The Analog Discovery Pro 3000 (which we will shorten to ADP3000) is a huge upgrade from the EYE ON NPI we had last year with Digilent’s Digital Discovery pod. That product was a small digital logic analyzer, great for doing firmware debugging with up to 32 channels of 200 MS/s data capture and lots of built-in bus decoding. To match with the Digital Discovery, Digilent also came out with the Analog Discovery 2 with two analog input channels of 14-bit, 100MS/s, 30MHz ADC and 16-channel logic analyzer.
The Analog Discovery 2 is a great student/maker/beginner mixed-signal tool, and compact enough that you can fit it into your laptop bag for analysis anywhere. But if you want something that is comparable to a ‘real’ scope, you’ll find that you’ll want something that can take real scope probes and BNC output for those high speed signal generations. That’s why there’s now the ADP3000 – the 3000 means its 1500x ‘more extra’ than the Analog Discovery 2? Which gives benchtop-ruggedness to a digital USB scope.
The ADP3000 series is a ‘little bit of everything’:
- Two or four analog inputs with 100MS/s sample rate, 50 MHz bandwidth, 14-bit, +-25V input
- 16-channel logic analyzer and waveform pattern generator, 1.8 to 5V input, 125 MS/s sample rate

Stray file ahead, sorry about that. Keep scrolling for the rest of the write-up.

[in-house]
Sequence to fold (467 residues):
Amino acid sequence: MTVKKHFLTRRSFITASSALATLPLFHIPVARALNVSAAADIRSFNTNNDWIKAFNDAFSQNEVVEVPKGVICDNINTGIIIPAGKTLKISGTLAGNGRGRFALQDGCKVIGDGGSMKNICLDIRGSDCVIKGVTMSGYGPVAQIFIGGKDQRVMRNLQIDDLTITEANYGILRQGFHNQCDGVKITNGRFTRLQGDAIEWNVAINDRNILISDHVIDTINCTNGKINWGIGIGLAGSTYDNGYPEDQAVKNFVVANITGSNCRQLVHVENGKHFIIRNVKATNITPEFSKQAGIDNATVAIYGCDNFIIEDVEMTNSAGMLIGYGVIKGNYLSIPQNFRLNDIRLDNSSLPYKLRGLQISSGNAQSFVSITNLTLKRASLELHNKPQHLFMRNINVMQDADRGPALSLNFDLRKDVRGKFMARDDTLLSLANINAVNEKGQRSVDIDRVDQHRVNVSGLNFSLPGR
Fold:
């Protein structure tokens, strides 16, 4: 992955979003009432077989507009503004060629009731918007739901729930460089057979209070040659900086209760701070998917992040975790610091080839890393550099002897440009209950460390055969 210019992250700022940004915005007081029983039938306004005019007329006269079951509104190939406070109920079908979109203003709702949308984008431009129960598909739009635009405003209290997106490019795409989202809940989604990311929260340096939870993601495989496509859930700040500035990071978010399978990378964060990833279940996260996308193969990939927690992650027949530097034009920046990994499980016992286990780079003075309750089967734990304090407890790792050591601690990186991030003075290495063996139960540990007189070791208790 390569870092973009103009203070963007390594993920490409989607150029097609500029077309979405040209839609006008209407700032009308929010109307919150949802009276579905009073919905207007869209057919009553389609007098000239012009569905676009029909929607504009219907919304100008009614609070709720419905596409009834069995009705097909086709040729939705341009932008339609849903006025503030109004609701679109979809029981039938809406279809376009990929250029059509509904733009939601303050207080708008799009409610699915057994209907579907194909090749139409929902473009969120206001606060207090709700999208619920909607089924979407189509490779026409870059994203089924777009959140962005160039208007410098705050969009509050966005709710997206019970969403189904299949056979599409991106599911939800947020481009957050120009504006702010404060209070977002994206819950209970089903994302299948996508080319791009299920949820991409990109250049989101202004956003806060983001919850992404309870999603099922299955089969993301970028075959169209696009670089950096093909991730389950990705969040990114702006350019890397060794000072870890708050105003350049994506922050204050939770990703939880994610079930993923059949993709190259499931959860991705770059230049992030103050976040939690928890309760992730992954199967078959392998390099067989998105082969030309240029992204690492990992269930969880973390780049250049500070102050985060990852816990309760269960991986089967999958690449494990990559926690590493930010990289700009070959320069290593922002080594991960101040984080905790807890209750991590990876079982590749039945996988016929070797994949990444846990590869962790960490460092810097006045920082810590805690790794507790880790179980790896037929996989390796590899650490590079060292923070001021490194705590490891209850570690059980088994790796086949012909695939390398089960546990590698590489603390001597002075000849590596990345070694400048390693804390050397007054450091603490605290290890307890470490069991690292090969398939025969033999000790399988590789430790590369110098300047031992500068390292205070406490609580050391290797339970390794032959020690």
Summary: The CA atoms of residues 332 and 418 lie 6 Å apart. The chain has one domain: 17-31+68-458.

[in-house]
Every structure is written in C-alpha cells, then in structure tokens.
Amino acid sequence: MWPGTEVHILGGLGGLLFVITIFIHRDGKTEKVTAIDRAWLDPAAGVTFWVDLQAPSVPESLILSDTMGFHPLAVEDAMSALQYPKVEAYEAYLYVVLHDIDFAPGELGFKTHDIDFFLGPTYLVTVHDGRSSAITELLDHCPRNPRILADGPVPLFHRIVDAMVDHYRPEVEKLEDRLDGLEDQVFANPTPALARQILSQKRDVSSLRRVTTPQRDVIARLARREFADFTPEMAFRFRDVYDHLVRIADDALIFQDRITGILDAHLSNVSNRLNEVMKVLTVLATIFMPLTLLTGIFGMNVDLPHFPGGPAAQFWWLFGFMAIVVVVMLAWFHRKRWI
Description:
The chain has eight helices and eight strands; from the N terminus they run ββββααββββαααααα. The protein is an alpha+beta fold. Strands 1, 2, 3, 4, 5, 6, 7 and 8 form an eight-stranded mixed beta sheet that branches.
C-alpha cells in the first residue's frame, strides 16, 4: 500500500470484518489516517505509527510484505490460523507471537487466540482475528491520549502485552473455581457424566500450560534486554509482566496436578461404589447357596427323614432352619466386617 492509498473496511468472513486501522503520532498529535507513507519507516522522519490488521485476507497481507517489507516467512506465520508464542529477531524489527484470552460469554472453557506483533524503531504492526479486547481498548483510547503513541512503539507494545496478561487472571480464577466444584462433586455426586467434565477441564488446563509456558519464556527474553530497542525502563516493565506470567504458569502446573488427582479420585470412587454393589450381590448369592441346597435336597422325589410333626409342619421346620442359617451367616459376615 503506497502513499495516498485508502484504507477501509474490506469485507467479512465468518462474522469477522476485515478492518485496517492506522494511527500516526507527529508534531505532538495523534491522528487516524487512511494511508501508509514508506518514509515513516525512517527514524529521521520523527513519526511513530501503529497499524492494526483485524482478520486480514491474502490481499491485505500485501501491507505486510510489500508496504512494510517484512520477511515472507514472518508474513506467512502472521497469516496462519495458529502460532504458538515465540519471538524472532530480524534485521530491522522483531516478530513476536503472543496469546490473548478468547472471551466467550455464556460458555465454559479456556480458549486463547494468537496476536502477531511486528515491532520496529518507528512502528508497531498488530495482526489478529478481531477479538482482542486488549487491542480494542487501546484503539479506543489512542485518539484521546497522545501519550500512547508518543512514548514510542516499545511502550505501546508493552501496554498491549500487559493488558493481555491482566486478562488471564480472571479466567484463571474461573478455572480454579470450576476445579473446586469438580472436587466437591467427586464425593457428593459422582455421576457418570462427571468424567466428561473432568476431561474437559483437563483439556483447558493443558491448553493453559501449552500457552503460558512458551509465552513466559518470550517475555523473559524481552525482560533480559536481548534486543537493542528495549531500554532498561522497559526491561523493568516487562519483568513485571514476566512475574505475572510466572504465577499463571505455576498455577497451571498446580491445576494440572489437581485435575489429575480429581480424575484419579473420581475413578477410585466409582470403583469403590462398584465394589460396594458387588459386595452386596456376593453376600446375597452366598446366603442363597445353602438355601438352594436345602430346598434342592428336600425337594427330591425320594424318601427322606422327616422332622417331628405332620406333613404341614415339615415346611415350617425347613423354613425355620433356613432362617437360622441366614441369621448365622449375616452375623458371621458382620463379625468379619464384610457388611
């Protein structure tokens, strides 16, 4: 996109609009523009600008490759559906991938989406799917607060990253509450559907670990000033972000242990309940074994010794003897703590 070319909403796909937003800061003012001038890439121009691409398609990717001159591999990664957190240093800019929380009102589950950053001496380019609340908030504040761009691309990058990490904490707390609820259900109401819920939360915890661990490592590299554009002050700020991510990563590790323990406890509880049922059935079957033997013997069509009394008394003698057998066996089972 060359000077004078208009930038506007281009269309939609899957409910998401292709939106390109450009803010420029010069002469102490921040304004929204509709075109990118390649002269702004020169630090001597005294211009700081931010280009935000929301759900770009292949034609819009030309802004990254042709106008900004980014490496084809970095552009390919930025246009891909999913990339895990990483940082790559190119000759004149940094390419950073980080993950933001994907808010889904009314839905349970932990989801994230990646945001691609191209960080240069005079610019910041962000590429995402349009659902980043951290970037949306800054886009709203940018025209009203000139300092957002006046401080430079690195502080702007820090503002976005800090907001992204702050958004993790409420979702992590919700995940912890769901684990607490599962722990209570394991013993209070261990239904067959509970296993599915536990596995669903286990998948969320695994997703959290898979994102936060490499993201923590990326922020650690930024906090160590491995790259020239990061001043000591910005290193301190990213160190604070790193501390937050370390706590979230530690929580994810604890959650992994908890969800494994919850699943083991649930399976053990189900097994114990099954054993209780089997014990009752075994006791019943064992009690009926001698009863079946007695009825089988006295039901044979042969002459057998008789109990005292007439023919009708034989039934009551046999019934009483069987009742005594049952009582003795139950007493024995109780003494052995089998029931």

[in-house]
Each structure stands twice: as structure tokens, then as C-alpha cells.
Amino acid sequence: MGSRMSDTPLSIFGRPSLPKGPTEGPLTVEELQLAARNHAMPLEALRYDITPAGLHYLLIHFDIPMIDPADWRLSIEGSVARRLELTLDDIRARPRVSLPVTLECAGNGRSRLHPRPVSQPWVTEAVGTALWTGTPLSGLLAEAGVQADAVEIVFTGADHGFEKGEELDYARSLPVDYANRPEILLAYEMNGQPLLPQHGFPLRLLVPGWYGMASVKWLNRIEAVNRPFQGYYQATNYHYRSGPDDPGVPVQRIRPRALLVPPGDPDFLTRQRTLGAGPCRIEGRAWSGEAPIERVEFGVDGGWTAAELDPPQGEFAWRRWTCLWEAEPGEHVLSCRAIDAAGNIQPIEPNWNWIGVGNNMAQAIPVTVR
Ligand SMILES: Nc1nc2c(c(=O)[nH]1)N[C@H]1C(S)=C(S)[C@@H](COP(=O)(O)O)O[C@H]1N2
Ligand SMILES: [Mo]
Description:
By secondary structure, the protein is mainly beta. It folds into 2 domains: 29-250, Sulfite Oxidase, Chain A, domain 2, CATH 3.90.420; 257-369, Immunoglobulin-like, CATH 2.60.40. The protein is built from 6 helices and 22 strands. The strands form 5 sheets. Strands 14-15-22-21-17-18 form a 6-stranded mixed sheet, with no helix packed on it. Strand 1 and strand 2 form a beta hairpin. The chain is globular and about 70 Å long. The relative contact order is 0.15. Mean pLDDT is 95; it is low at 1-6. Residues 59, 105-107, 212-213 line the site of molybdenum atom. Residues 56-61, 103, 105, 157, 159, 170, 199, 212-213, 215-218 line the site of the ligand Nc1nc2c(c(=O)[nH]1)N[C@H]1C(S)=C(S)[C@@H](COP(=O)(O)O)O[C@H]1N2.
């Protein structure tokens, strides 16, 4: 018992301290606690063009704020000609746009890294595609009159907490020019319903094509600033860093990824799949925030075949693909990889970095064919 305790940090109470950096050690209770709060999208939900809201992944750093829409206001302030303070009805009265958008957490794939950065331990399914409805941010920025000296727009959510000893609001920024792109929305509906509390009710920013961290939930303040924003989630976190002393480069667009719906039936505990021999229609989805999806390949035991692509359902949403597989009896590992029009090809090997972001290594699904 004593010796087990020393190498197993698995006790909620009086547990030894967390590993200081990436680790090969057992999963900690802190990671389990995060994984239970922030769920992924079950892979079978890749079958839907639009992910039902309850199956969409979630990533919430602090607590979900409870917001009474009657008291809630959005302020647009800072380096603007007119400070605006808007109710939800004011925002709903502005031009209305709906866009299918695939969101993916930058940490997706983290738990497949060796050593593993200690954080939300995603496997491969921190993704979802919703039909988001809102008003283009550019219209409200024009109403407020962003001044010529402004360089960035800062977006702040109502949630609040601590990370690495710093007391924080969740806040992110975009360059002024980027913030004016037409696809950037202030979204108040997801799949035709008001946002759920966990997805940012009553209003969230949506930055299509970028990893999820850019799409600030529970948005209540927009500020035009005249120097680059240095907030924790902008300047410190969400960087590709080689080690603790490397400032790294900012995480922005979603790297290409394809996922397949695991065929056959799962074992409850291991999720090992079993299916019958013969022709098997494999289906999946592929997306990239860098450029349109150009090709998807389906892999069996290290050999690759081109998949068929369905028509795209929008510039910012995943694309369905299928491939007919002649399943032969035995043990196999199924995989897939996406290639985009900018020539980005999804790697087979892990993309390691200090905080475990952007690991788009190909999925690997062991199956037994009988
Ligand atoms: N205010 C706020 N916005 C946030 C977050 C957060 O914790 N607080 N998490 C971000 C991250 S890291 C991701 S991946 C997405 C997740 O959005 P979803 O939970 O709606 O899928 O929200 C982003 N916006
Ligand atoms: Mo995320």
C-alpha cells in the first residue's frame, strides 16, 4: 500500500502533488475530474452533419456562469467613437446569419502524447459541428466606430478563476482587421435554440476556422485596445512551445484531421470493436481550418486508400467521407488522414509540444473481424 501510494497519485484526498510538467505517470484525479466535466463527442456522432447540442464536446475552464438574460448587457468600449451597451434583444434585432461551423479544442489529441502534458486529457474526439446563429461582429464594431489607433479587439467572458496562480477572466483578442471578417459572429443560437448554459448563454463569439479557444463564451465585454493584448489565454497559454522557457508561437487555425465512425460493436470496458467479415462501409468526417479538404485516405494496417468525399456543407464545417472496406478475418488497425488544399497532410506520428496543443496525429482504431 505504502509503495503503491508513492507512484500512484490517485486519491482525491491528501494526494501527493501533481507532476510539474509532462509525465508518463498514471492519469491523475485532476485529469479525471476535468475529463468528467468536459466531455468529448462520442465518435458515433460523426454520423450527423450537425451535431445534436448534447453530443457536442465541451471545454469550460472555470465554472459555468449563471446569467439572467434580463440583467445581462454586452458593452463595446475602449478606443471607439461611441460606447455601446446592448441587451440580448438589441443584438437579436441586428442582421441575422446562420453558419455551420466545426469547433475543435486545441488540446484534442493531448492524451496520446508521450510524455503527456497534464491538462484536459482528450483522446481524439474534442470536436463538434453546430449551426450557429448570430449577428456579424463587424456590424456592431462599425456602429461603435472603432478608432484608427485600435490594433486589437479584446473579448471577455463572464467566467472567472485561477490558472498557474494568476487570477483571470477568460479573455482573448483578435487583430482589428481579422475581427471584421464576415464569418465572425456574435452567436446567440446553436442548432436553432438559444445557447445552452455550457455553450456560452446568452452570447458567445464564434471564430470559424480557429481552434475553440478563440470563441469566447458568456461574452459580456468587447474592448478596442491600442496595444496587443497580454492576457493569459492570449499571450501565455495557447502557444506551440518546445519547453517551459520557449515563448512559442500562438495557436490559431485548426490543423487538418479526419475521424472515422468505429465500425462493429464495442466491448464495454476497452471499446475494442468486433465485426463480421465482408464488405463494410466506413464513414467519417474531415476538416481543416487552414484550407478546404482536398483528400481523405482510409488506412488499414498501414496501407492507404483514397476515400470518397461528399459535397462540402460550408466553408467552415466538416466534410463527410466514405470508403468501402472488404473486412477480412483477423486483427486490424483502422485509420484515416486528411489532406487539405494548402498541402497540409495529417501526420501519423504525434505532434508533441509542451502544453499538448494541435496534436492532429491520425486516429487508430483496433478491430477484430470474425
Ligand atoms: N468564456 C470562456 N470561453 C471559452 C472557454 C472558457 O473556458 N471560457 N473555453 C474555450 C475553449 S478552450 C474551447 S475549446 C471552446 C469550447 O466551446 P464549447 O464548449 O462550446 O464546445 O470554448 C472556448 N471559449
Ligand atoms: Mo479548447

- Two analog waveform outputs, +-5V, 14-bit, 15MHz bandwidth
Now, to be completely fair – this isn’t going to replace a benchtop scope. Even my trusty old Tek TDS2014, bought 15 years ago, has 1 GS/s and 100 MHz sample rate. And, personally, I still really like twiddling physical knobs when debugging a circuit. So we think that while it could be used as a benchtop toolkit, the ADP3000 isn’t designed for that.
Instead where we think this tool would really shine is automation or test engineering, where components or setups need to be analyzed or as part of a integration test. That’s because Digilent is a wholly-owned subsidiary of National Instruments who make LabVIEW an extremely-popular lab/data capture/analysis program. So you know that there’s going to be excellent integration, with the Digilent tools getting “First Class” support in LabVIEW. Having seen physicists/biologists/mech e’s struggle with how to automate their experiments, this tool would work very nicely in a graduate or company lab.
One feature that really stands out for the ADP3000 is that, yes, you can plug it into a computer via USB like you’d expect to capture data on a host PCB, but you can also log in directly into the scope in “Linux Mode“. Not surprisingly, this scope runs embedded Linux, that’s how it can do stuff like have USB host and Ethernet. But even with Ethernet, there’s always the risk of bandwidth or dropped packets. What if you want to get some large data capture going, where you don’t want to be restricted by USB? Or if you wanted to connect some additional hardware? We like that Digilent opened up this capability – most test equipment companies would not be excited to let the user log into the device itself and mess around!
For scientists and automation and test engineers, this is a very promising tool – and you can pick up one from Digi-Key for immediate shipment right now!
There are four ‘versions’ of this product: you can get 2 or 4 analog input and with or without probes. For many uses, ADP3250 2-input version without probes will do a fine job but check out the other options before checking out. Order today and you can be automating your data acquisition by tomorrow.
See on Digi-Key at https://www.digikey.com/short/vmvw4mv3
See Digilent’s video below: